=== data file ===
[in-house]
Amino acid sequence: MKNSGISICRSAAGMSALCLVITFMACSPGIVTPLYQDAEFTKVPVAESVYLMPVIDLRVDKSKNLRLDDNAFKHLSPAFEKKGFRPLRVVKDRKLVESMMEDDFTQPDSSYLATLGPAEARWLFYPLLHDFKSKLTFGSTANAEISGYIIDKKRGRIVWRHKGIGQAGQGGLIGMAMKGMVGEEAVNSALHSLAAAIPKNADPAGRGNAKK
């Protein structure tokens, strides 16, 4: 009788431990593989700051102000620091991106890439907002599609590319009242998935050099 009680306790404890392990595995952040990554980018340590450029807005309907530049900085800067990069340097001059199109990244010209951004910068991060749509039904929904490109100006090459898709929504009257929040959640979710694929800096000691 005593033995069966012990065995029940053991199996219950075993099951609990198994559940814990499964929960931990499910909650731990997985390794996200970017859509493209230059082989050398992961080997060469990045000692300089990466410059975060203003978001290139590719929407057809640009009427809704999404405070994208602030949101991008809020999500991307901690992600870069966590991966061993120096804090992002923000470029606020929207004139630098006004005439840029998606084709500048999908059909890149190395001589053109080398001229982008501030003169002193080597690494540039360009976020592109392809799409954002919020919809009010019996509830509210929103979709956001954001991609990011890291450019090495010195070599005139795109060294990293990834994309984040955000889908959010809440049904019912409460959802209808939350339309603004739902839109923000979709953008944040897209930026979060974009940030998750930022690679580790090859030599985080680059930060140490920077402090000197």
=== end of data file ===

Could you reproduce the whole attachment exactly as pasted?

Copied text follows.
[in-house]
Amino acid sequence: MKNSGISICRSAAGMSALCLVITFMACSPGIVTPLYQDAEFTKVPVAESVYLMPVIDLRVDKSKNLRLDDNAFKHLSPAFEKKGFRPLRVVKDRKLVESMMEDDFTQPDSSYLATLGPAEARWLFYPLLHDFKSKLTFGSTANAEISGYIIDKKRGRIVWRHKGIGQAGQGGLIGMAMKGMVGEEAVNSALHSLAAAIPKNADPAGRGNAKK
């Protein structure tokens, strides 16, 4: 009788431990593989700051102000620091991106890439907002599609590319009242998935050099 009680306790404890392990595995952040990554980018340590450029807005309907530049900085800067990069340097001059199109990244010209951004910068991060749509039904929904490109100006090459898709929504009257929040959640979710694929800096000691 005593033995069966012990065995029940053991199996219950075993099951609990198994559940814990499964929960931990499910909650731990997985390794996200970017859509493209230059082989050398992961080997060469990045000692300089990466410059975060203003978001290139590719929407057809640009009427809704999404405070994208602030949101991008809020999500991307901690992600870069966590991966061993120096804090992002923000470029606020929207004139630098006004005439840029998606084709500048999908059909890149190395001589053109080398001229982008501030003169002193080597690494540039360009976020592109392809799409954002919020919809009010019996509830509210929103979709956001954001991609990011890291450019090495010195070599005139795109060294990293990834994309984040955000889908959010809440049904019912409460959802209808939350339309603004739902839109923000979709953008944040897209930026979060974009940030998750930022690679580790090859030599985080680059930060140490920077402090000197």